US wins trade row with China over export duties
Washington, May 25, 2014
The US has won a trade dispute with China over duties slapped on US exports of large cars and sport utility vehicles, the World Trade Organisation said.
China, the second-biggest market for US vehicle exports, in 2011 started levying punitive duties on vehicles with engines of 2.5 litres and above, in retaliation for US trade policies. The duties have since expired.
China, which only joined the WTO in 2001, is the second most common target of US disputes at the trade body after the European Union.
US Trade Representative Michael Froman said the duties affected $5.1 billion in US auto exports in 2013, including popular models such as the Jeep Grand Cherokee, Buick Enclave and Cadillac Escalade. Total US auto exports to China totalled $8.6 billion.
Although Froman said he was pleased China had dropped the duties, which ranged up to 21.5 per cent, he said it was worrying the US had brought, and won, three WTO cases against China over unfair import duties.
"We remain deeply concerned by the troubling pattern of China's misuse of anti-dumping and countervailing duty measures," Froman said at a news conference, flanked by Michigan lawmakers Sander Levin and Debbie Stabenow, whose state is home to US car makers Chrysler Group, Ford Motor Co and General Motors Co.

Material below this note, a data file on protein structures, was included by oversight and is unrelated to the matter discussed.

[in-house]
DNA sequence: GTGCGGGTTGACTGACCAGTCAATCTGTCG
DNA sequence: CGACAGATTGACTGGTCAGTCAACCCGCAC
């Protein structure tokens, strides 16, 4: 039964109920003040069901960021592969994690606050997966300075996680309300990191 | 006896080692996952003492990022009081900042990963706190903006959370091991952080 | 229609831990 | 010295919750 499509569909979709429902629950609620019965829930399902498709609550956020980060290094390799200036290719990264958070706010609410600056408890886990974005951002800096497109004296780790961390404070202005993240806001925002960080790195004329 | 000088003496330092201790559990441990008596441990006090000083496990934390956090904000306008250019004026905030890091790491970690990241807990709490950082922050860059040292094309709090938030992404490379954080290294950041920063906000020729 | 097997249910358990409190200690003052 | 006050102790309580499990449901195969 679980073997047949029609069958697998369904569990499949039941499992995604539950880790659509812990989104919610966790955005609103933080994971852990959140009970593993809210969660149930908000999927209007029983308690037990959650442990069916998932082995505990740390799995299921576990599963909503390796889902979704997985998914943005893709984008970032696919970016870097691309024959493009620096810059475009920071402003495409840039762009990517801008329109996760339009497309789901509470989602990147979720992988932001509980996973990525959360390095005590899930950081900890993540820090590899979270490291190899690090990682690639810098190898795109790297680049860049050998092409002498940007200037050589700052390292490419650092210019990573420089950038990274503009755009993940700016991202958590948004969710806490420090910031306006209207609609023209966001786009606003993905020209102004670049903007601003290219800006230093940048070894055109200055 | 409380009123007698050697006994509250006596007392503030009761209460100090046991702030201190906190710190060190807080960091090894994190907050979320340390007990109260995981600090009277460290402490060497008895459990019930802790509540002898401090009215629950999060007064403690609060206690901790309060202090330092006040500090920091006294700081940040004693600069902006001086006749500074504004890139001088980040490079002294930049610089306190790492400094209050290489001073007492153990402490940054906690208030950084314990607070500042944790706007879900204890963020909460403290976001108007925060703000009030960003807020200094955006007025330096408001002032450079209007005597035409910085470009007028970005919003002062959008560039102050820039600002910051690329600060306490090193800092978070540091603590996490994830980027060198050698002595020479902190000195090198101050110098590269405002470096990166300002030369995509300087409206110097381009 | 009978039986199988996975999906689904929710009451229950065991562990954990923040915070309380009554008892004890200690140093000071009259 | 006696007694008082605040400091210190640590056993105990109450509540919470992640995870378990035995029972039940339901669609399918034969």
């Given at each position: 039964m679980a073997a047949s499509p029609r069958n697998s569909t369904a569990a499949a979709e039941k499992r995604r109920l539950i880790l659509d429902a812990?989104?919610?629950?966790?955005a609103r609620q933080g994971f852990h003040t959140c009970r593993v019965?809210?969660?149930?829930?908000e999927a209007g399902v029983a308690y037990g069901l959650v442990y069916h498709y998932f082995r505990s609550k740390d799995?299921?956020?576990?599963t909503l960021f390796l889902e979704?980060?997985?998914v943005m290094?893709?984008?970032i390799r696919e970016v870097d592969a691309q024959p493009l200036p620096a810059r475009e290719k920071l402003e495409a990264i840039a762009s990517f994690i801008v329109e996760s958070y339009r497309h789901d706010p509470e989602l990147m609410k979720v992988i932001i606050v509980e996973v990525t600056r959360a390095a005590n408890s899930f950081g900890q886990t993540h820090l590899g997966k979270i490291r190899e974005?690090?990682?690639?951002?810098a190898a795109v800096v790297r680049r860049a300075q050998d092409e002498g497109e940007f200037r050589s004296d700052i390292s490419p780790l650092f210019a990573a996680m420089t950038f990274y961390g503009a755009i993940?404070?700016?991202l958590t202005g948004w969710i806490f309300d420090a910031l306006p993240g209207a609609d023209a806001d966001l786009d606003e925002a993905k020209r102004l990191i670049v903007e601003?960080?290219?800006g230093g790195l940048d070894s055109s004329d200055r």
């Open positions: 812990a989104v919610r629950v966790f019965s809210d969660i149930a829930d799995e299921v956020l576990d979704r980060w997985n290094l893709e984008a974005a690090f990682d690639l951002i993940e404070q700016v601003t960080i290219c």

China argued the duties were imposed because US automakers had received US government subsidies and dumped their vehicles into the Chinese market, harming China's auto industry.
US Senator Charles Schumer has called on the USTR to file another complaint against China over cyber-spying, after the US on Monday charged five Chinese military officers and accused them of hacking into US nuclear, metal and solar companies to steal trade secrets.
Schumer, who represents New York state in Congress, said the actions breached a WTO agreement on intellectual property requiring countries to protect trade secrets.
Asked if the USTR was considering any action, a senior official said the office always looked actively at problems around the world, but would not talk about potential actions.
A spokesman for China's Embassy in Washington noted that the WTO rejected some arguments by the US and supported some of Beijing's.
China also had reservations about some elements of the WTO decision, such as the calculation of the dumping margin, spokesman Geng Shuang said in an emailed statement.-Reuters